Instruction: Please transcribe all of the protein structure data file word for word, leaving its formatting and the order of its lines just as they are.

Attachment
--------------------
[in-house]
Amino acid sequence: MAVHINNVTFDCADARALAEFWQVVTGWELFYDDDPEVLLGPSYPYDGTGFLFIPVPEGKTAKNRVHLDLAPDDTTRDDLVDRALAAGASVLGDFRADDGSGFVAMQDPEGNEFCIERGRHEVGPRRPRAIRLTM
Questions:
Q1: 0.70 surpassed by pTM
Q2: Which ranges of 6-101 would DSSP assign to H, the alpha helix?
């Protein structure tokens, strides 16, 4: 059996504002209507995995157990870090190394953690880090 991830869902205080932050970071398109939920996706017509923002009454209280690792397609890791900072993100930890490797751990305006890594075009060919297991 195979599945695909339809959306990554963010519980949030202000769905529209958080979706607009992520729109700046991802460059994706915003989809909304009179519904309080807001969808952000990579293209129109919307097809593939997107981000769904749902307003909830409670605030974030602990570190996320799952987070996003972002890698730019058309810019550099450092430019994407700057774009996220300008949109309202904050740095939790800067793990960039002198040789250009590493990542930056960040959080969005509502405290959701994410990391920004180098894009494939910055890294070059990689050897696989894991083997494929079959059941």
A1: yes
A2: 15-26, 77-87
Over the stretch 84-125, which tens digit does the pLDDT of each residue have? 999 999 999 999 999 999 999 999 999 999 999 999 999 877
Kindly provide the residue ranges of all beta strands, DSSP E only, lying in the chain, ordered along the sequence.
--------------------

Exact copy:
[in-house]
Amino acid sequence: MAVHINNVTFDCADARALAEFWQVVTGWELFYDDDPEVLLGPSYPYDGTGFLFIPVPEGKTAKNRVHLDLAPDDTTRDDLVDRALAAGASVLGDFRADDGSGFVAMQDPEGNEFCIERGRHEVGPRRPRAIRLTM
Questions:
Q1: 0.70 surpassed by pTM
Q2: Which ranges of 6-101 would DSSP assign to H, the alpha helix?
């Protein structure tokens, strides 16, 4: 059996504002209507995995157990870090190394953690880090 991830869902205080932050970071398109939920996706017509923002009454209280690792397609890791900072993100930890490797751990305006890594075009060919297991 195979599945695909339809959306990554963010519980949030202000769905529209958080979706607009992520729109700046991802460059994706915003989809909304009179519904309080807001969808952000990579293209129109919307097809593939997107981000769904749902307003909830409670605030974030602990570190996320799952987070996003972002890698730019058309810019550099450092430019994407700057774009996220300008949109309202904050740095939790800067793990960039002198040789250009590493990542930056960040959080969005509502405290959701994410990391920004180098894009494939910055890294070059990689050897696989894991083997494929079959059941």
A1: yes
A2: 15-26, 77-87
Over the stretch 84-125, which tens digit does the pLDDT of each residue have? 999 999 999 999 999 999 999 999 999 999 999 999 999 877
Kindly provide the residue ranges of all beta strands, DSSP E only, lying in the chain, ordered along the sequence.